Enable qos on all uplinks and make sure peers are using same marking policy

    Locate traffic from update servers and tag as dscp 0, set traffic to 10% of bandwidth and drop if it exceeds this.

    Anyone who has managed a corporate network with voip should understand this

  9. Henry Wertz 1 Gold badge

    service class

    I'm surprised as well that they are not either using the standard IP ToS (Type of Service) flags that VOIP services use for QoS purposes already, or at least making sure their own VOIP traffic get some kind of priority.

    I suppose ISPs could be stripping these flags off as they pass traffic through, if VOIP traffic was not flagged as it came into Windstream's network I could see their equipment not prioritizing VOIP over other traffic.

  10. Stuart Castle Silver badge

    Seems oddly specific blaming Call of Duty, when it's far from the only game with huge patches, and far from the only massive game that launched late last year where patches were being delivered almost daily. Red Dead Redemption II on the PC being one other major source of bugs.

    But, the size of the patch doesn't directly affect bandwidth, which it sounds like they lacked. The thing that affects bandwidth is the number of users attempting to download the patch. Larger size only prolongs the effect..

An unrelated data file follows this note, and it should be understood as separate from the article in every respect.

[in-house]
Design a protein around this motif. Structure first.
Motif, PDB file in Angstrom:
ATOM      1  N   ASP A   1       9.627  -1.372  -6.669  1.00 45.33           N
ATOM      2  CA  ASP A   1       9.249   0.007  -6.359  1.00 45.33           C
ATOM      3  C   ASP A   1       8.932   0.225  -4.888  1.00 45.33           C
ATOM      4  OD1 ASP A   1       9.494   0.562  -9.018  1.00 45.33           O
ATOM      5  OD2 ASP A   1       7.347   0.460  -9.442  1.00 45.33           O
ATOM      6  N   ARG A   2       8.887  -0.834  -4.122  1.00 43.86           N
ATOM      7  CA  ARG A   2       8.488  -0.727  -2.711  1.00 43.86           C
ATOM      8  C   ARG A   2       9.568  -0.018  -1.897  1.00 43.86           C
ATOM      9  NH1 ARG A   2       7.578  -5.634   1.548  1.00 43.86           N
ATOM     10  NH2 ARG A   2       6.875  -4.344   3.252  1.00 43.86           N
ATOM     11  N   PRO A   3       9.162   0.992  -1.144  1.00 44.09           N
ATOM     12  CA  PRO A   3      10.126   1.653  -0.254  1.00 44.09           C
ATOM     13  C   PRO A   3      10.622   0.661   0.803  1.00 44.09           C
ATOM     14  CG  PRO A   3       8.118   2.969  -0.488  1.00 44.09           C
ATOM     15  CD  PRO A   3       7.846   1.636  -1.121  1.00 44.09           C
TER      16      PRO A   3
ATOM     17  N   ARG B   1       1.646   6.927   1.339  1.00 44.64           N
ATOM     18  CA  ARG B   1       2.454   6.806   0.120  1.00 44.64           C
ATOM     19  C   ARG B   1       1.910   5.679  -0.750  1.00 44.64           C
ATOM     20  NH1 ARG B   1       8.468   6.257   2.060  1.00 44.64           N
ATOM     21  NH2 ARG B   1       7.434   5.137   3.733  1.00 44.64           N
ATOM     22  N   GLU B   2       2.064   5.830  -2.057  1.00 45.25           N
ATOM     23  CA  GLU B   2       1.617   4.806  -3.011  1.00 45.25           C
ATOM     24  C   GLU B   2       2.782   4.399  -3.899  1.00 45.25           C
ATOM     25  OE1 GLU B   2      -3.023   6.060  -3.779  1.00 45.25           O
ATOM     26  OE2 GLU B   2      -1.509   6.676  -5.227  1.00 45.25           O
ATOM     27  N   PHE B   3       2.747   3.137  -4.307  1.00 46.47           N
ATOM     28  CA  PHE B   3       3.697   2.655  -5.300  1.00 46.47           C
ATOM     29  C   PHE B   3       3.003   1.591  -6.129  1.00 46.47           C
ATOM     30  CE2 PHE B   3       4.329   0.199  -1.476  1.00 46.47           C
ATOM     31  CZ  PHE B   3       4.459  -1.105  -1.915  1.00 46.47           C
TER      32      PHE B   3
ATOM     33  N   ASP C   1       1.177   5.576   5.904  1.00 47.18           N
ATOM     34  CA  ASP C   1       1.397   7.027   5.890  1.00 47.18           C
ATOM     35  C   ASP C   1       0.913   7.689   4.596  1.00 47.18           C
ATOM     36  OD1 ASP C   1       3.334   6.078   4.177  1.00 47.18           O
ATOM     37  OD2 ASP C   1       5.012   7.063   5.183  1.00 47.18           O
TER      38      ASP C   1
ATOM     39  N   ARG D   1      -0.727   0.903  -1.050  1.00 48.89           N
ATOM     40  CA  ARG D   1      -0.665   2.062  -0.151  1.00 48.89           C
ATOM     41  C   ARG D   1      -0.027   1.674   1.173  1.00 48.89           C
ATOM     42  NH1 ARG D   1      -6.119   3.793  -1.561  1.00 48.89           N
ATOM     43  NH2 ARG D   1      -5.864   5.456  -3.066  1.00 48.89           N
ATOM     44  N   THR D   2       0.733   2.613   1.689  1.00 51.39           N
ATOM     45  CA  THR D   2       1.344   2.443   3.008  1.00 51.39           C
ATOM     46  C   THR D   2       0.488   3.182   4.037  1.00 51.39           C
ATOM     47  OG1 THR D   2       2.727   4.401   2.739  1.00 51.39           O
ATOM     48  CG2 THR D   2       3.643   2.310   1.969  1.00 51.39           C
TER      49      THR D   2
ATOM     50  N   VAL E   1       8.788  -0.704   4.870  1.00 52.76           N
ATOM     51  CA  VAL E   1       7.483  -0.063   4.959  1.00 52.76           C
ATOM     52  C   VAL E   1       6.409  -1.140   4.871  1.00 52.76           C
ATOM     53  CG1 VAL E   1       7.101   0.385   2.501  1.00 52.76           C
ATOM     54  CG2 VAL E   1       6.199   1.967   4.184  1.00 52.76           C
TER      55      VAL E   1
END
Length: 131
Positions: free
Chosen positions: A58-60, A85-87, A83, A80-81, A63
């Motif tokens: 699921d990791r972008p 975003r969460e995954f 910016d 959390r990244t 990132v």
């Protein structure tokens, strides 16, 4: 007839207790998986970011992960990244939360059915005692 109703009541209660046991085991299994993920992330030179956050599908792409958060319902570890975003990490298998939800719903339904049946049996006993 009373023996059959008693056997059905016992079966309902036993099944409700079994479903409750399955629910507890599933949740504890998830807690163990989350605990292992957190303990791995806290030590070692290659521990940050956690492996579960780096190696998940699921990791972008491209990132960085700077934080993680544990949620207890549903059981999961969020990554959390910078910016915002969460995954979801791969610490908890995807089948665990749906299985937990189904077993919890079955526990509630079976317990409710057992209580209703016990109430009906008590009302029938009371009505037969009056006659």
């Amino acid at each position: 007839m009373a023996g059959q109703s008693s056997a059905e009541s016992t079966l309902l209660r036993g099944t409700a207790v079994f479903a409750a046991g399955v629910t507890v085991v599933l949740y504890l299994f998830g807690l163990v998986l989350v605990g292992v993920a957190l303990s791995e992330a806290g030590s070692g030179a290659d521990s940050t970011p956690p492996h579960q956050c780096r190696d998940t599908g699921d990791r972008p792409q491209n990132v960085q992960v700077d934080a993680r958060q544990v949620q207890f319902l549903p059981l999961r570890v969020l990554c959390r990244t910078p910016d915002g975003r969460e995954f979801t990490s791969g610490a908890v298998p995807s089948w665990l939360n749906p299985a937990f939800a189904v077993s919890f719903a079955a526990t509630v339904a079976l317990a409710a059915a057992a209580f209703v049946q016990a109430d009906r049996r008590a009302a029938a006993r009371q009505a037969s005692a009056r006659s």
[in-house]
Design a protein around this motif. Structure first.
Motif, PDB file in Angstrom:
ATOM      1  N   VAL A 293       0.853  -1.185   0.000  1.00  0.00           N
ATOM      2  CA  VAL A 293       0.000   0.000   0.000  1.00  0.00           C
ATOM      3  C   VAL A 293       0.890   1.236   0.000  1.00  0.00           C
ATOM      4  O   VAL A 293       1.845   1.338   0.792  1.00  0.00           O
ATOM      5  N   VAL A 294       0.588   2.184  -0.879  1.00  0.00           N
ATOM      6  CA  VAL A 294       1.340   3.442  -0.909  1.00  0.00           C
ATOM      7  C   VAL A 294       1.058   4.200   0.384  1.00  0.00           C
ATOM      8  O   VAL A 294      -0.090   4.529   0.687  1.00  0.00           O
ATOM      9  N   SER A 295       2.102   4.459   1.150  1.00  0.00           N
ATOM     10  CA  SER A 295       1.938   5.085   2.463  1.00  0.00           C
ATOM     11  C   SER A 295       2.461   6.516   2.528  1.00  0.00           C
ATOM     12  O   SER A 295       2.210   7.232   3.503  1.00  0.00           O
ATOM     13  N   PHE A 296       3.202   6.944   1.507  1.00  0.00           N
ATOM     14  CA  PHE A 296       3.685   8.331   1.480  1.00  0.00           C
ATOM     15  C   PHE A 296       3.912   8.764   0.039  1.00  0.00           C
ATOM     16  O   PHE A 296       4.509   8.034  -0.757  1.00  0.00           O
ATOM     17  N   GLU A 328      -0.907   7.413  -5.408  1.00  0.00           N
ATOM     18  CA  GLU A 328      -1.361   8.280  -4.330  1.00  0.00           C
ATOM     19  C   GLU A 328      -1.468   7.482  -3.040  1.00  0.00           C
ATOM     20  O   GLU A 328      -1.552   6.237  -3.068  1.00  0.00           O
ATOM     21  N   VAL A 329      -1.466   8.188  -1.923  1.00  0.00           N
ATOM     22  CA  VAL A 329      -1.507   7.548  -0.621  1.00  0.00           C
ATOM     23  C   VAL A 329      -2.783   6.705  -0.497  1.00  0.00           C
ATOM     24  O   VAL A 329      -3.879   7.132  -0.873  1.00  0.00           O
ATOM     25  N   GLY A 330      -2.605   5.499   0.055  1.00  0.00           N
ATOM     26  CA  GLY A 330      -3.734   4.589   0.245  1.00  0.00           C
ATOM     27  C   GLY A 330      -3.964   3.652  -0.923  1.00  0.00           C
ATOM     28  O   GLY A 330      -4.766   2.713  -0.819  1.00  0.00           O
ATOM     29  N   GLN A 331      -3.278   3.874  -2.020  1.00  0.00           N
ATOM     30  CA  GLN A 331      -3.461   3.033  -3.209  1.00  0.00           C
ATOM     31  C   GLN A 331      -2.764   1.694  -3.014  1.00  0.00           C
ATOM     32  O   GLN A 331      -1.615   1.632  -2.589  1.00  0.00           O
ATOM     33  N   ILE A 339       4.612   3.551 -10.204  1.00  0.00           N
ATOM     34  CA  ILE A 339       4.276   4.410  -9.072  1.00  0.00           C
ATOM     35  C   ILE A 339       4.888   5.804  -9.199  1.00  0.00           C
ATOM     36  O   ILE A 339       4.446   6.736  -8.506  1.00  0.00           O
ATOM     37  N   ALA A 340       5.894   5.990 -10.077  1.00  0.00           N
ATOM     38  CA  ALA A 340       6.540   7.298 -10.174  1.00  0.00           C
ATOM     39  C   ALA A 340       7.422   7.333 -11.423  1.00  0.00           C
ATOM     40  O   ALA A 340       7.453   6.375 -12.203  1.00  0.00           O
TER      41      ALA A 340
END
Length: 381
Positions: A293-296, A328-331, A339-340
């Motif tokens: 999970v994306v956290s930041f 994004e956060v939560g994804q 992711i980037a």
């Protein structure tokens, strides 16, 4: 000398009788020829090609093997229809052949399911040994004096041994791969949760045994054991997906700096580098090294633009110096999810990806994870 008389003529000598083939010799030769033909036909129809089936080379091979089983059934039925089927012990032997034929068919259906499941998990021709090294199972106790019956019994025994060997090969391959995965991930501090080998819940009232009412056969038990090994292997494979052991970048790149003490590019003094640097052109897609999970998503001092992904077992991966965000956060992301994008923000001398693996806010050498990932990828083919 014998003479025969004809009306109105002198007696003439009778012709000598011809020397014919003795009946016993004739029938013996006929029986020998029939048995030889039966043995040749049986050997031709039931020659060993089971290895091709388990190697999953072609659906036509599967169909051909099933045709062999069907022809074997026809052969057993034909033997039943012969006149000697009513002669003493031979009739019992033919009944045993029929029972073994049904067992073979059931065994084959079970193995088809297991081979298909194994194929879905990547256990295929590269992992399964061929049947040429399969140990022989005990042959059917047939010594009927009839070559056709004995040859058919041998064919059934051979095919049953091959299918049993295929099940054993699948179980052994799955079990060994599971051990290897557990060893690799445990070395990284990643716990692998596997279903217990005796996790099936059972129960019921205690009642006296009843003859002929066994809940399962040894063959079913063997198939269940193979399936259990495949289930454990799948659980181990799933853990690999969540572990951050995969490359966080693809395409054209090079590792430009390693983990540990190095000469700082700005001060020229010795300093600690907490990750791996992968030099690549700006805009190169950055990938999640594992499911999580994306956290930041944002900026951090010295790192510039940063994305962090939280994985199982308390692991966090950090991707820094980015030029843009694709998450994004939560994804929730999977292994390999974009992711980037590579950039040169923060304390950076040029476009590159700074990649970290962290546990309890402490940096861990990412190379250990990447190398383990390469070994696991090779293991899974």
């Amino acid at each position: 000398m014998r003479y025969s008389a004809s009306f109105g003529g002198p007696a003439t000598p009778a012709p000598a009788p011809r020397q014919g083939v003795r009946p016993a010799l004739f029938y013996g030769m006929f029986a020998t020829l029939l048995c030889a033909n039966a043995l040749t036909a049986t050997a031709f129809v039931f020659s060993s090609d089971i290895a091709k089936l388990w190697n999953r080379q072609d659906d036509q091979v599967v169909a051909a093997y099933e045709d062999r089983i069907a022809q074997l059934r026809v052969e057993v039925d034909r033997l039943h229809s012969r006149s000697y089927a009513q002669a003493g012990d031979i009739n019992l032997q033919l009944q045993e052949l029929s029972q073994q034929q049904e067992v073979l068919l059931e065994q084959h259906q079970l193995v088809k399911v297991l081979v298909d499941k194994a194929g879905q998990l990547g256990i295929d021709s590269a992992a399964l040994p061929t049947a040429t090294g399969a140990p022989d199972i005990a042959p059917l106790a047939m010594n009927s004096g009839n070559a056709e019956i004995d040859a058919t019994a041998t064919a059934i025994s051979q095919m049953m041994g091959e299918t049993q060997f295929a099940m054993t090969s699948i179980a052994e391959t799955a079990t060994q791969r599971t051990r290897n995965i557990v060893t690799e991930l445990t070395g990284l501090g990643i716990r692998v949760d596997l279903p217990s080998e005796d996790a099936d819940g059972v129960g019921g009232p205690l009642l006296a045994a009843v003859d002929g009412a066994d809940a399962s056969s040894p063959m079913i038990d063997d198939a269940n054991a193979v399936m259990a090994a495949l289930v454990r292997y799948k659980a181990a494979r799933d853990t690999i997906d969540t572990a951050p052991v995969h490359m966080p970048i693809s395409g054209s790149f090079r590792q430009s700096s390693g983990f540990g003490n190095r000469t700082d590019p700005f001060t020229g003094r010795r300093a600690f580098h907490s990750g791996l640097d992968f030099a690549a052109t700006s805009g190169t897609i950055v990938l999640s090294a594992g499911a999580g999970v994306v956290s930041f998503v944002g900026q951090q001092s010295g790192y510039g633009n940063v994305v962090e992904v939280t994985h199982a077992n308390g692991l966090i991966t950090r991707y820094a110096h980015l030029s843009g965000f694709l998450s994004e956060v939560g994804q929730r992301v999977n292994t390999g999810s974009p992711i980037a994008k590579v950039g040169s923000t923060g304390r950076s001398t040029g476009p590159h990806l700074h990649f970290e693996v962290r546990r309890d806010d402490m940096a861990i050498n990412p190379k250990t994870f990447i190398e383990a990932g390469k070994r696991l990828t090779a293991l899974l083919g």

1. kjw

      The FT has a recent article on "Broadband can cope with surge in home work, says BT". It's interesting to note in there the analysis of a recent peak in traffic on the BT network, perhaps some unfortunate coincidences in timing:

      "In an interview with the Financial Times, he [Howard Watson] said that BT did experience a record amount of traffic on its network on Tuesday night last week, when an update to the online video game Red Dead Redemption 2 and the release of Call of Duty: Warzone — a battle royale-style online game — coincided with Champions League football matches being played, including Tottenham Hotspur’s defeat to RB Leipzig."

      I need to read up a bit more on the practical reality for end-to-end IP QoS. It's rather tragic that ultra low bandwidth but loss/jitter sensitive services like voice can be affected.